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Wednesday, September 23, 2020
WASHINGTON, Jun 6 2011 (IPS) - The United States should seek cooperative relations with Peruvian President-elect Ollanta Humala, a number of Andean specialists urged here Monday.
“Humala all along has said he wants to maintain good relations with the U.S. government, and he sent nothing but positive signals to Washington during the campaign,” said Coletta Youngers, a Peru expert at the Washington Office on Latin America (WOLA).
“I think he’ll seek to adopt policies that are more independent of Washington, but there’s no indication that he will be at all antagonistic toward the U.S. government a la (Venezuelan President) Hugo Chavez.
“So now I think it would behoove the U.S. government to ensure that relations get off to a good start, rather than ending up in yet another situation of very tense bilateral relations,” she told IPS in a reference to the deterioration in ties between Washington and progressive governments in neighbouring Ecuador and Bolivia.
Initial indications suggested that the administration of President Barack Obama was open to constructive relations with Humala, who has been depicted by right-wing and neo-conservative sectors here as a pawn of Venezuelan President Hugo Chavez.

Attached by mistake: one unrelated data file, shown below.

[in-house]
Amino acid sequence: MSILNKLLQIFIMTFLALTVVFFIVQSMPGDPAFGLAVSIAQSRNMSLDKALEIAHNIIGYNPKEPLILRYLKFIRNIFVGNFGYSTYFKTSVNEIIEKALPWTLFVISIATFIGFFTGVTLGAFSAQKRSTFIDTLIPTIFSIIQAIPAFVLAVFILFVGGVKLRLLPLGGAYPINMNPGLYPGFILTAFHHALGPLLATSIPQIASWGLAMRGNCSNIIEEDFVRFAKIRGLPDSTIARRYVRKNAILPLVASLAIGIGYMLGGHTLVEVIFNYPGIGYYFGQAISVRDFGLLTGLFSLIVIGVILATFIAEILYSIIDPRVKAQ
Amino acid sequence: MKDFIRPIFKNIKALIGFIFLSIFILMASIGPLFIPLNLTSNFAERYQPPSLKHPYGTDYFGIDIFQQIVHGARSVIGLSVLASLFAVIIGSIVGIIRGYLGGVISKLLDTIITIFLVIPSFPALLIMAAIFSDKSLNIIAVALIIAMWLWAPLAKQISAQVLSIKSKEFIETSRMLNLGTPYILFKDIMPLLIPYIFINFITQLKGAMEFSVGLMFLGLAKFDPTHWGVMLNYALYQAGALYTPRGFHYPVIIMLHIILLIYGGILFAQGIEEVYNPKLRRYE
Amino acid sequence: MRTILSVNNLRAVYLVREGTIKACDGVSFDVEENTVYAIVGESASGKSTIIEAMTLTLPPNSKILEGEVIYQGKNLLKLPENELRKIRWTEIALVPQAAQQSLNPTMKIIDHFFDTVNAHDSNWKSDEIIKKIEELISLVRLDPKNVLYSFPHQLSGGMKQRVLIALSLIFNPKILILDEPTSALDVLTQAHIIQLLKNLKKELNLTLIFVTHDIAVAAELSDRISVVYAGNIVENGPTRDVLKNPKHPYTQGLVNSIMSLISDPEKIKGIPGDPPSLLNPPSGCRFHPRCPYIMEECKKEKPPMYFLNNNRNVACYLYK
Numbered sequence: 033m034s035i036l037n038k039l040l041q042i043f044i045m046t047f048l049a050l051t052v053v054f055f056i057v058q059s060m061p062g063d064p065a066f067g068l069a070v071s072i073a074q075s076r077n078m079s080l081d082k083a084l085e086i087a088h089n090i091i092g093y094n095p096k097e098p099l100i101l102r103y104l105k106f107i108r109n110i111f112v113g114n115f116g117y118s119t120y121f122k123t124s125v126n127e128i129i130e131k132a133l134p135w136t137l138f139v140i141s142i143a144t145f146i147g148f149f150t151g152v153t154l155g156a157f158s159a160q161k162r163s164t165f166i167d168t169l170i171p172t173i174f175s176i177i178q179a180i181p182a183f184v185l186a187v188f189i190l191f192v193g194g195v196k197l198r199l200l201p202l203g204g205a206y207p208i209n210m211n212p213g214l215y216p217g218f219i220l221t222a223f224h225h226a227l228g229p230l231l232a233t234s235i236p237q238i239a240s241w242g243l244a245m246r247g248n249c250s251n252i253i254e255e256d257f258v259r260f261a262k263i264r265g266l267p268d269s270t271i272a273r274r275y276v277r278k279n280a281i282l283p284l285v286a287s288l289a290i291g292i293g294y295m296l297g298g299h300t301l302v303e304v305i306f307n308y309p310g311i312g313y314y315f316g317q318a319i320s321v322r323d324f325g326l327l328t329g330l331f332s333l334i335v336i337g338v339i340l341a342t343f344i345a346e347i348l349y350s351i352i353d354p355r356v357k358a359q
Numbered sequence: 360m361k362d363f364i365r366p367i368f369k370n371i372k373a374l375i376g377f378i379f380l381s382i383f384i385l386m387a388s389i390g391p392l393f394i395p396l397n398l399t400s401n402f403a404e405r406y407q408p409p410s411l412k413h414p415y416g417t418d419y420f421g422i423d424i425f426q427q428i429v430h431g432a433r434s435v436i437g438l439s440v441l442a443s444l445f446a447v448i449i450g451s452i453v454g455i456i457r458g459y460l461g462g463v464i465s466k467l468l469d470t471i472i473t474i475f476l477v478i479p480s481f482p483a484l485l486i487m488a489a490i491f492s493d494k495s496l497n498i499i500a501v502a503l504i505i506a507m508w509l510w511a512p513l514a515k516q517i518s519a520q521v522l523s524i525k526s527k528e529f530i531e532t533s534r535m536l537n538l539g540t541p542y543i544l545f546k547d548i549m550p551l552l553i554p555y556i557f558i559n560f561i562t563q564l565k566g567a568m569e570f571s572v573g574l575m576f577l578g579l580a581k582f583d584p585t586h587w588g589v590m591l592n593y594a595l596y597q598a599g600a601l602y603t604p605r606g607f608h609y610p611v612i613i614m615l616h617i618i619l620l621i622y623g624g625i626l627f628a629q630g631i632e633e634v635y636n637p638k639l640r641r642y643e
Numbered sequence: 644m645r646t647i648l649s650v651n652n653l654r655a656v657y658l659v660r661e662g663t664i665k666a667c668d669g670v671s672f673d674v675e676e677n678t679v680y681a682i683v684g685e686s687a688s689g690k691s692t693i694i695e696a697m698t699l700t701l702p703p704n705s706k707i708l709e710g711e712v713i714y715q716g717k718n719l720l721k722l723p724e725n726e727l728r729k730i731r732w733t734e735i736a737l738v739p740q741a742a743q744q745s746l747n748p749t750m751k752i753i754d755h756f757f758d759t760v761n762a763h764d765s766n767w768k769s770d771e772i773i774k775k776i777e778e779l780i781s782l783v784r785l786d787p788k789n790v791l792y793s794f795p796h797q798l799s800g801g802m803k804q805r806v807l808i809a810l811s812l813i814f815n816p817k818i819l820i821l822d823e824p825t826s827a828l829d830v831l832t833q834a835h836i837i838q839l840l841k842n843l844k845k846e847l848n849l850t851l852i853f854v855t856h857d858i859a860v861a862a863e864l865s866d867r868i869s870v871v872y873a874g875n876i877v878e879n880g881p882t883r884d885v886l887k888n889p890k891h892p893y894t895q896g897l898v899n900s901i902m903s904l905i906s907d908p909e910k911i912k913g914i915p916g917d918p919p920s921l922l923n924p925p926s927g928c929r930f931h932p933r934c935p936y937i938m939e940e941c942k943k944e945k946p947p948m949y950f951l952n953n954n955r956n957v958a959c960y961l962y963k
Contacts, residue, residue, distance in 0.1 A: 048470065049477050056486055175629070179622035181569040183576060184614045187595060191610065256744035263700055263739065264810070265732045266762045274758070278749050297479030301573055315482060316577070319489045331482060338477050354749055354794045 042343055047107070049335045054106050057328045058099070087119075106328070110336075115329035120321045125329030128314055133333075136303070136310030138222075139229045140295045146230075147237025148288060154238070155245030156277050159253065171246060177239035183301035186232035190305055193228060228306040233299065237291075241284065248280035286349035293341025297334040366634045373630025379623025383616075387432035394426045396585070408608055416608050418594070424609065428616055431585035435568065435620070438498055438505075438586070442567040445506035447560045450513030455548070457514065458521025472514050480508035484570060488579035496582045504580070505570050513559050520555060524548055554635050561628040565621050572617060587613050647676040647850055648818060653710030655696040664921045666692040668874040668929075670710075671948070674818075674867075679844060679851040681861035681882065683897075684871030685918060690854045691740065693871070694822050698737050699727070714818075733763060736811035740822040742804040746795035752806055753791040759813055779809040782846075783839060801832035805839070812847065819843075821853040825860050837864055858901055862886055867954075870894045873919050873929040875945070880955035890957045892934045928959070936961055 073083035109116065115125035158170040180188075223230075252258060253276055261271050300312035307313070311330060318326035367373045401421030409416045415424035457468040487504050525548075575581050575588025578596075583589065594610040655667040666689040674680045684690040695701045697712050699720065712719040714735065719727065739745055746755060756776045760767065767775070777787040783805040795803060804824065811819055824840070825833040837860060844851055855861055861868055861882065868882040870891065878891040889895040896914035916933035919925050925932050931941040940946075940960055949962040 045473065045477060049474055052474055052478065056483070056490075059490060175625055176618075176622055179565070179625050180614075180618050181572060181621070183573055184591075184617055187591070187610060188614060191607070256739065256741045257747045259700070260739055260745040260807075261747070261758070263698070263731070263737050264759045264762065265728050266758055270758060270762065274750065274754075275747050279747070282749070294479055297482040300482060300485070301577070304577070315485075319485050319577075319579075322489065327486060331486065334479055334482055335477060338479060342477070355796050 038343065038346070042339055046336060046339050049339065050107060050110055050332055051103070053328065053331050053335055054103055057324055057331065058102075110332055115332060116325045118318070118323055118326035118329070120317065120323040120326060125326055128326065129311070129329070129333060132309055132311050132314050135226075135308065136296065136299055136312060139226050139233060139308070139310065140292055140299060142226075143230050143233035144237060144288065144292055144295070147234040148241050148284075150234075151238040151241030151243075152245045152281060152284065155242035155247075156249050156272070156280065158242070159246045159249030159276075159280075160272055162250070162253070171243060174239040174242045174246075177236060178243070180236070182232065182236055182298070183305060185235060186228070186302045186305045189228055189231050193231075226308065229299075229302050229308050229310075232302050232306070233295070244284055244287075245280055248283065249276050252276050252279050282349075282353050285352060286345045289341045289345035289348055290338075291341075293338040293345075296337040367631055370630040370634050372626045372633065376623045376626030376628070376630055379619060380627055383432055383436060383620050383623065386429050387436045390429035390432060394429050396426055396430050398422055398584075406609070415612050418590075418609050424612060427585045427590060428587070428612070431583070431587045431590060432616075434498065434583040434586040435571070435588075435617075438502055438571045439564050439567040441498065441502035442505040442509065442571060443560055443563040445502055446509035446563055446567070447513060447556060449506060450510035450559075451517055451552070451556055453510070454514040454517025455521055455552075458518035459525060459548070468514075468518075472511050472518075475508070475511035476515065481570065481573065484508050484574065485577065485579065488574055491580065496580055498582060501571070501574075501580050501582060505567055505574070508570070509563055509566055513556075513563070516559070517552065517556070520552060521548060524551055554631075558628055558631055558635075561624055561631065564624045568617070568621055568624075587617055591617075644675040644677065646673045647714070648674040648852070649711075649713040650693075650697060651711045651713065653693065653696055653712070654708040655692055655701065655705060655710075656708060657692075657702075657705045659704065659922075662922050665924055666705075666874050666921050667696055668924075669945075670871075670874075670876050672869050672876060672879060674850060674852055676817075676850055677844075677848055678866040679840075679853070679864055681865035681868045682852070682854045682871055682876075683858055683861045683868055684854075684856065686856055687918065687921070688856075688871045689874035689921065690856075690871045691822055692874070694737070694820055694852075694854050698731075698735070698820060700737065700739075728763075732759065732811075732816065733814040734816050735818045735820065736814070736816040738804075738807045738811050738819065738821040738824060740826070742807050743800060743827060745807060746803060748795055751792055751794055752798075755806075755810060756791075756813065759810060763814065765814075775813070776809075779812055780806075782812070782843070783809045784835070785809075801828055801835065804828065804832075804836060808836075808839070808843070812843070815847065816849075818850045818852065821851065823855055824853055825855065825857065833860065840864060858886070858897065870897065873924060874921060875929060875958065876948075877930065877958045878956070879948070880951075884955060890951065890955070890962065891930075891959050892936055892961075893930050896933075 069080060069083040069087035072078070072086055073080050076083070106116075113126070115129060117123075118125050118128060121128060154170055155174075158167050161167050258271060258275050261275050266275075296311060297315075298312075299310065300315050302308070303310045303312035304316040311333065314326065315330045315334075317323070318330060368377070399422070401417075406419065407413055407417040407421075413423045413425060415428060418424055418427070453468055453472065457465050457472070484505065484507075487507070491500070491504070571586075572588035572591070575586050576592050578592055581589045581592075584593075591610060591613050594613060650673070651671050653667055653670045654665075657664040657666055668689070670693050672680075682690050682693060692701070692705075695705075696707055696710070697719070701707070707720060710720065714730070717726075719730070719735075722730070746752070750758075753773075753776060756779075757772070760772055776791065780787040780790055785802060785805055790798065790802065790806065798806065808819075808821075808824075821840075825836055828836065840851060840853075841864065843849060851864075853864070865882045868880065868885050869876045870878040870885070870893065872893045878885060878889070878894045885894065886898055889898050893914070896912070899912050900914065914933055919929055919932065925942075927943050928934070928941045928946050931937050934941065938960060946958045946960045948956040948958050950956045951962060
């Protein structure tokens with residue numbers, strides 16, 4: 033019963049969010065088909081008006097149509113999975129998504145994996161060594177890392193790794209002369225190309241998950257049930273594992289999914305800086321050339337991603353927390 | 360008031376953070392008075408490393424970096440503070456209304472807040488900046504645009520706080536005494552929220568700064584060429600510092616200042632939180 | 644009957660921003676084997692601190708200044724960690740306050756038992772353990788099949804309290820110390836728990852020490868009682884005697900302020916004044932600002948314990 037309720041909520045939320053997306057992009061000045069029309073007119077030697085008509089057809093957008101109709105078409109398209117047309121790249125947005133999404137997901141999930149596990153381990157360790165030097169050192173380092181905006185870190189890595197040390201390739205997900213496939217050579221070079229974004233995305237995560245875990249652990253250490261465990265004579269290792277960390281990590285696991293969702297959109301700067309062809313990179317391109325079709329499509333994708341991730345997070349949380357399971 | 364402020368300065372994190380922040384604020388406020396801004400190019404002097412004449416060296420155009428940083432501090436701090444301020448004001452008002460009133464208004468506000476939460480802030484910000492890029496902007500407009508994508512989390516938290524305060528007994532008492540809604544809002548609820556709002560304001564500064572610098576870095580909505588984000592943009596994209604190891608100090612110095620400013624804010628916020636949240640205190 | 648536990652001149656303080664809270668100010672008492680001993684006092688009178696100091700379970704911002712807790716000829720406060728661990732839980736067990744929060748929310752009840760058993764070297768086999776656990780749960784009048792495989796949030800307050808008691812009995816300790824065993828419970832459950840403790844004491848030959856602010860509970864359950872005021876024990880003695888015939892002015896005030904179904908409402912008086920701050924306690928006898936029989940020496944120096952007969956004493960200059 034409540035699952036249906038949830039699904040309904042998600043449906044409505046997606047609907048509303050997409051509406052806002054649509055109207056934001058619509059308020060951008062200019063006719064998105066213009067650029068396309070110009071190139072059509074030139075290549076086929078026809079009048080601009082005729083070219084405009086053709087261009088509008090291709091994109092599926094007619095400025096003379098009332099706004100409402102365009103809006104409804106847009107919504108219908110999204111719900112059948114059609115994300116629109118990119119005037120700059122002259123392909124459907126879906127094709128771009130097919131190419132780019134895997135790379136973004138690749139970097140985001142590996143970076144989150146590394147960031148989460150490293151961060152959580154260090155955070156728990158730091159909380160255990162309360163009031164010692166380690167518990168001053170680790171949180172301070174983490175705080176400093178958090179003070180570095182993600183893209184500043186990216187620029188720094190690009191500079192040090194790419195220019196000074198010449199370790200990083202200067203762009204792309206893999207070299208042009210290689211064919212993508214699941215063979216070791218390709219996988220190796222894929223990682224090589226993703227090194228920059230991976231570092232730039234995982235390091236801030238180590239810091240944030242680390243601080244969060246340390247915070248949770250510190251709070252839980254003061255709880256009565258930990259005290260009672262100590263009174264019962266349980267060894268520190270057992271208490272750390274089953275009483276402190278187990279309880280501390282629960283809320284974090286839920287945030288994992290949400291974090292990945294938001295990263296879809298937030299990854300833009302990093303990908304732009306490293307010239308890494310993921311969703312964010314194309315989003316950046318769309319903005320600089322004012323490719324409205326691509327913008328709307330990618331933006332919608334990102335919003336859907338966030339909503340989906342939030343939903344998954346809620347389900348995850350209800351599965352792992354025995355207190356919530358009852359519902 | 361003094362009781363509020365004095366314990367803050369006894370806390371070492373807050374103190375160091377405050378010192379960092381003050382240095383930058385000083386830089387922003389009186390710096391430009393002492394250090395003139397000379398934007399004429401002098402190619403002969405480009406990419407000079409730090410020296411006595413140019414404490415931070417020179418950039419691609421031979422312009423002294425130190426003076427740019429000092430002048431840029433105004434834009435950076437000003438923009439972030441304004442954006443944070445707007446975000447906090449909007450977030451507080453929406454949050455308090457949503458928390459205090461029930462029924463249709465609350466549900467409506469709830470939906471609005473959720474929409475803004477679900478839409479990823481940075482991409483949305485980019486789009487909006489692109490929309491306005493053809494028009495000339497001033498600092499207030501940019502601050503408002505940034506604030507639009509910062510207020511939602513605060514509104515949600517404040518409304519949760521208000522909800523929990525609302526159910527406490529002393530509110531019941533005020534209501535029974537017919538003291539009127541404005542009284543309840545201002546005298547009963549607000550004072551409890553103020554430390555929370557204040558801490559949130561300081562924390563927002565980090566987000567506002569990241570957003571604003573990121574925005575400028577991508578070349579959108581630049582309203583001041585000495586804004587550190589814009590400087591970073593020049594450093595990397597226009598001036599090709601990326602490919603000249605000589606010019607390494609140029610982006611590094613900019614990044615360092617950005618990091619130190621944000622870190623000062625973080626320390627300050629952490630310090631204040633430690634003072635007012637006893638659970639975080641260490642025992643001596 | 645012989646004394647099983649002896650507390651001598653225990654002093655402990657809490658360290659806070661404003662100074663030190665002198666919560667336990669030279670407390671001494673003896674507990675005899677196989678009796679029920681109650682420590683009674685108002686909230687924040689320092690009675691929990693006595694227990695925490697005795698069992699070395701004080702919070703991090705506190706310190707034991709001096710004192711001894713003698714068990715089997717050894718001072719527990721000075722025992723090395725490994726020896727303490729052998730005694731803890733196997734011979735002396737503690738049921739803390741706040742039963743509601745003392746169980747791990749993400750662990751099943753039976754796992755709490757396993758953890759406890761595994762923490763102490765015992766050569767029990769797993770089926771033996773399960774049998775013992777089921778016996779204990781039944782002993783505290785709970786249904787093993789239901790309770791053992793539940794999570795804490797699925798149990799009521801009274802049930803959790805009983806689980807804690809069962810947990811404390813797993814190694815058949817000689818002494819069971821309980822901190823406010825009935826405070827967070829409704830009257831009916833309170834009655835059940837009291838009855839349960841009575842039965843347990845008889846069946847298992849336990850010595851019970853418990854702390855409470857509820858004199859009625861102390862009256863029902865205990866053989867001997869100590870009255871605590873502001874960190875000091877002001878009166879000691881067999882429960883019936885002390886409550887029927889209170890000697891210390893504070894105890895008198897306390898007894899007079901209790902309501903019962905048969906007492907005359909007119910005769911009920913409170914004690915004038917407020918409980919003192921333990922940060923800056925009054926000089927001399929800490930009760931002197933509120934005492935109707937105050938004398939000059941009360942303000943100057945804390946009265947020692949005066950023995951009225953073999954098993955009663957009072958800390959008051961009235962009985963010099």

“We are very willing to continue to work with him, just as we worked with the (current) Peruvian authorities,” said the outgoing assistant secretary of state for Western Hemisphere Affairs, Arturo Valenzuela, during the annual general meeting of the Organisation of American States (OAS), which this year is taking place in El Salvador.
Garcia gained praised among virtually all sectors here for his strict adherence to the investment-friendly macro-economic policies associated with the so-called “Washington Consensus”, his close cooperation with the U.S. “war on drugs”, and his rejection of various initiatives sponsored by Chavez, such as the Bolivarian Alliance for the Americas (ALBA).
Whether and to what extent Humala pursues similar policies once he takes office will likely determine Washington’s attitude toward his administration, according to experts here who noted that the former military officer had significantly moderated his rhetoric and positions during this year’s presidential campaign compared to five years ago when he first ran for president.
Humala’s outspoken populism and explicit support for Chavez during that campaign, as well as his leadership role in an aborted military coup in 2000, have worried policy-makers and other analysts here.
Indeed, the current U.S. ambassador to Peru, Rose Likins, is reported to have openly backed Fujimori’s candidacy in private meetings with civil society groups and others leading up to the election, although the Obama administration itself remained publicly neutral throughout the campaign.